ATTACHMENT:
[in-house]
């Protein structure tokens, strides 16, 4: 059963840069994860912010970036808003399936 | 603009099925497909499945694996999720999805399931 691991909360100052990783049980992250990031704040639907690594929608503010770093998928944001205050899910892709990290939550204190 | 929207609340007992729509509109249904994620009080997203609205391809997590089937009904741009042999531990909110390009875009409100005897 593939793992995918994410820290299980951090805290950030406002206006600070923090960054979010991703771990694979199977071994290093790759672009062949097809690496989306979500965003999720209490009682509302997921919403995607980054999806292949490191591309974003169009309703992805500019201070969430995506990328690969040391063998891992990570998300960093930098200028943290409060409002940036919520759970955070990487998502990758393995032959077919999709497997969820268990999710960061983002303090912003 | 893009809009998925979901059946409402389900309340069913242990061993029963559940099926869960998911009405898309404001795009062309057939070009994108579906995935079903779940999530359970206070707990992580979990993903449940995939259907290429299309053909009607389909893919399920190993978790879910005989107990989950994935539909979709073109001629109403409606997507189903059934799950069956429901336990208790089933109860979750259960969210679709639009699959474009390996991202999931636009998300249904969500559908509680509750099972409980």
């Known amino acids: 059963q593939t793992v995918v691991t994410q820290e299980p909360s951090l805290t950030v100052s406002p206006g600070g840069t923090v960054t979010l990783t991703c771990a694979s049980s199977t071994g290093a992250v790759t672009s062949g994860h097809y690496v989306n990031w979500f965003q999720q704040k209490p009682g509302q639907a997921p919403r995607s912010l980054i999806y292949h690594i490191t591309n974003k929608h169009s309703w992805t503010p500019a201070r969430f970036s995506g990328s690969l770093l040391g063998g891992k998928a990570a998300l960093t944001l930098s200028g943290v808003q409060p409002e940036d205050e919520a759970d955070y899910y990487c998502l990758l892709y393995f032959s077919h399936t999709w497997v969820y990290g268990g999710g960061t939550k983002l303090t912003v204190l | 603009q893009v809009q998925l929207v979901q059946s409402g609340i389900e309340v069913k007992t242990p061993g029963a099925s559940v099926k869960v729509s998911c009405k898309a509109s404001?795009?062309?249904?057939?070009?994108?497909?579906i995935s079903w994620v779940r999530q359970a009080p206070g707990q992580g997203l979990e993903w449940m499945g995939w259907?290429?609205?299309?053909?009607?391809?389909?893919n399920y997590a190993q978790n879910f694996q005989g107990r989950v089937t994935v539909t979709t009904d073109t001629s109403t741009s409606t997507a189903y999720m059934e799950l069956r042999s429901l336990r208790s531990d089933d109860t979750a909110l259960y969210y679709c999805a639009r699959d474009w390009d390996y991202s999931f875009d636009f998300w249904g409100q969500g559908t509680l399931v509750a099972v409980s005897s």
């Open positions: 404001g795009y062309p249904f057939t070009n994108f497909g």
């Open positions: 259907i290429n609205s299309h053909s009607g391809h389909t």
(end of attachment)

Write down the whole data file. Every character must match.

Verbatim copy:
[in-house]
């Protein structure tokens, strides 16, 4: 059963840069994860912010970036808003399936 | 603009099925497909499945694996999720999805399931 691991909360100052990783049980992250990031704040639907690594929608503010770093998928944001205050899910892709990290939550204190 | 929207609340007992729509509109249904994620009080997203609205391809997590089937009904741009042999531990909110390009875009409100005897 593939793992995918994410820290299980951090805290950030406002206006600070923090960054979010991703771990694979199977071994290093790759672009062949097809690496989306979500965003999720209490009682509302997921919403995607980054999806292949490191591309974003169009309703992805500019201070969430995506990328690969040391063998891992990570998300960093930098200028943290409060409002940036919520759970955070990487998502990758393995032959077919999709497997969820268990999710960061983002303090912003 | 893009809009998925979901059946409402389900309340069913242990061993029963559940099926869960998911009405898309404001795009062309057939070009994108579906995935079903779940999530359970206070707990992580979990993903449940995939259907290429299309053909009607389909893919399920190993978790879910005989107990989950994935539909979709073109001629109403409606997507189903059934799950069956429901336990208790089933109860979750259960969210679709639009699959474009390996991202999931636009998300249904969500559908509680509750099972409980």
């Known amino acids: 059963q593939t793992v995918v691991t994410q820290e299980p909360s951090l805290t950030v100052s406002p206006g600070g840069t923090v960054t979010l990783t991703c771990a694979s049980s199977t071994g290093a992250v790759t672009s062949g994860h097809y690496v989306n990031w979500f965003q999720q704040k209490p009682g509302q639907a997921p919403r995607s912010l980054i999806y292949h690594i490191t591309n974003k929608h169009s309703w992805t503010p500019a201070r969430f970036s995506g990328s690969l770093l040391g063998g891992k998928a990570a998300l960093t944001l930098s200028g943290v808003q409060p409002e940036d205050e919520a759970d955070y899910y990487c998502l990758l892709y393995f032959s077919h399936t999709w497997v969820y990290g268990g999710g960061t939550k983002l303090t912003v204190l | 603009q893009v809009q998925l929207v979901q059946s409402g609340i389900e309340v069913k007992t242990p061993g029963a099925s559940v099926k869960v729509s998911c009405k898309a509109s404001?795009?062309?249904?057939?070009?994108?497909?579906i995935s079903w994620v779940r999530q359970a009080p206070g707990q992580g997203l979990e993903w449940m499945g995939w259907?290429?609205?299309?053909?009607?391809?389909?893919n399920y997590a190993q978790n879910f694996q005989g107990r989950v089937t994935v539909t979709t009904d073109t001629s109403t741009s409606t997507a189903y999720m059934e799950l069956r042999s429901l336990r208790s531990d089933d109860t979750a909110l259960y969210y679709c999805a639009r699959d474009w390009d390996y991202s999931f875009d636009f998300w249904g409100q969500g559908t509680l399931v509750a099972v409980s005897s």
């Open positions: 404001g795009y062309p249904f057939t070009n994108f497909g």
């Open positions: 259907i290429n609205s299309h053909s009607g391809h389909t």